Social codes and unwritten rules are present in every aspect of our lives, from which way we face in an elevator to how we treat the nudes in our phone and the people in the nudes. It may seem obvious to you that sexual photos from a previous partner are to be deleted the second you break up, but that doesn’t mean it’s obvious to your ex-partner. Both Dr. Powell and Olivarius agree that our interpretations of unwritten rules about sex are gendered, but no matter the gender of the person receiving your nudes, it’s never a bad idea to talk about what you’re comfortable with when it comes to the photos you’re planning to send them or have already sent them.
Still, the only way to ensure that no exes or former flings have your nudes is not to send any at all, and the only way to protect yourself from revenge porn is not to create the content in the first place. But everyone knows that, and nudes live on. So if you’re going to send photos you wouldn’t want other people to see, remember to keep your face and any identifying tattoos out of them and follow these cyber security tips from Dr. Powell:
Most of these images are being automatically backed up into cloud storage, which we know is not always secure. It makes sense to do a bit of a digital clean-up every now and then. Go through your pics and check that any that you have of yourself, and of your ex's, are stored securely, delete any that you'd feel embarrassed about if they were stolen and circulated online. Use two-factor authentication on your accounts, and use encrypted platforms for sending your nudes to a partner. But at the end of the day, just as with online banking, it is possible that your private property could be hacked and stolen, and it's not the victim's fault if someone else chooses to commit a cyber crime of that sort.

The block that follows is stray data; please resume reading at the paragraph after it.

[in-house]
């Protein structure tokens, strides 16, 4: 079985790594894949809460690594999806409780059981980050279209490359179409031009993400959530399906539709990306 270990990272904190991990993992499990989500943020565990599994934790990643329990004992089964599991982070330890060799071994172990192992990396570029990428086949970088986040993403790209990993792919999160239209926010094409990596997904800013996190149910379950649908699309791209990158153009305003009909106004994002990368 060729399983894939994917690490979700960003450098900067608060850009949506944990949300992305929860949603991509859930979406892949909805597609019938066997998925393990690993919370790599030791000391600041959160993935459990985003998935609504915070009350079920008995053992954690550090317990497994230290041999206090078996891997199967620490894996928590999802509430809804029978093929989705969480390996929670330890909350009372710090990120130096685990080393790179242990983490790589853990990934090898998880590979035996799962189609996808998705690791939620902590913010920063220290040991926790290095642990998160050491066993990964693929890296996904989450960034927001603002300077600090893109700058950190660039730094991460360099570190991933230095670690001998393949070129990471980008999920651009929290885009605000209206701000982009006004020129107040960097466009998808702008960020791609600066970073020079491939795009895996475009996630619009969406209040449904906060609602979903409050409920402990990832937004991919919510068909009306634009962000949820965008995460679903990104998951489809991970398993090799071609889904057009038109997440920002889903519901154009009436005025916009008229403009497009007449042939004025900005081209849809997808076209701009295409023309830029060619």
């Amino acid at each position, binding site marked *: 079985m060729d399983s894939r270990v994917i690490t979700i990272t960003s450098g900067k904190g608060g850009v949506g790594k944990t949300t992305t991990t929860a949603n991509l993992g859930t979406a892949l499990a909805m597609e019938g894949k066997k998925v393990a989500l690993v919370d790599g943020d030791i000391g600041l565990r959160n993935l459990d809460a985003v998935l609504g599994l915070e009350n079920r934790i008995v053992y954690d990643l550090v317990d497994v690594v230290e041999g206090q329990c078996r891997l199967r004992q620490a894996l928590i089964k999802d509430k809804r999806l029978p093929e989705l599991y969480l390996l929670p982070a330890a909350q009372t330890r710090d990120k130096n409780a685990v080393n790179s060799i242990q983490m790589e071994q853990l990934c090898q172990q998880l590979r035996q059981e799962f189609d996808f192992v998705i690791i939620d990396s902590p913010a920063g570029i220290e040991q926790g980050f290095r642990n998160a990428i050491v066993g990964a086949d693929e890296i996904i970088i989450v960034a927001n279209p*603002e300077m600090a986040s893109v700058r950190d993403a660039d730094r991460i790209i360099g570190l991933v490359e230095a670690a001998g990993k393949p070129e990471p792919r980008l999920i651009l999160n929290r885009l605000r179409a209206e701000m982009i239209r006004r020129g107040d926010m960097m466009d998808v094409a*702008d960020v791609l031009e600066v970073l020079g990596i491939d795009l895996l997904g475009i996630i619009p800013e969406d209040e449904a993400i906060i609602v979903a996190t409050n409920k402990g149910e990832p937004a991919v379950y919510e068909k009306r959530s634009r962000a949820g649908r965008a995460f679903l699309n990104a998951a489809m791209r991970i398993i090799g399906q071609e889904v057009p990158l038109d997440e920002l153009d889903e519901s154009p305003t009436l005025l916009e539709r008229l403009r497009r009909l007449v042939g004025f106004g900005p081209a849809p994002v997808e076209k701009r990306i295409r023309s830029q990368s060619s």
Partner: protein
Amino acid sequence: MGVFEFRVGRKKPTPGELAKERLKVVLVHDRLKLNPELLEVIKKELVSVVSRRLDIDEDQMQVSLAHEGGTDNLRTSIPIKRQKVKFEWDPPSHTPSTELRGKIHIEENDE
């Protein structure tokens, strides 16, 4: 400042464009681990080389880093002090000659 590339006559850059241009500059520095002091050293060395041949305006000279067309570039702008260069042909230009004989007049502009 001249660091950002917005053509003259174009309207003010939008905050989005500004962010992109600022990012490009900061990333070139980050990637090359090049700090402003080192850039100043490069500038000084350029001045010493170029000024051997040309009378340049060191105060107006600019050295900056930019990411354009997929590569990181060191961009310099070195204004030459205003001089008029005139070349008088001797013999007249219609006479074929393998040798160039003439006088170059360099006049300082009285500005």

Before you send a nude, understand that you’re sending someone a gift, and people have differing, unwritten rules for gifts they receive, as exhibited by my conversations with Dr. Powell and Olivarius. “Personally, I think it's within ethical guidelines to apply the norms of other intimate gift giving when it comes to nudes,” says Dr. Powell. “Gift giving is generally consensual, mutual, and expresses a level of care or thought towards the other person. There are social expectations that you don't re-gift, and that if a relationship ends you offer the gift back.”
Alternatively, “I think most people would say it's fair keeps,” says Olivarius. “You got a gift in the relationship and you can keep it. If you get an engagement ring you don't generally return it.”
Clearly, our unwritten rules for sexting aren’t black and white, so talk to your lucky nude-receivers about how you’d prefer they treat your sexy gifts, both during and after your relationship ends.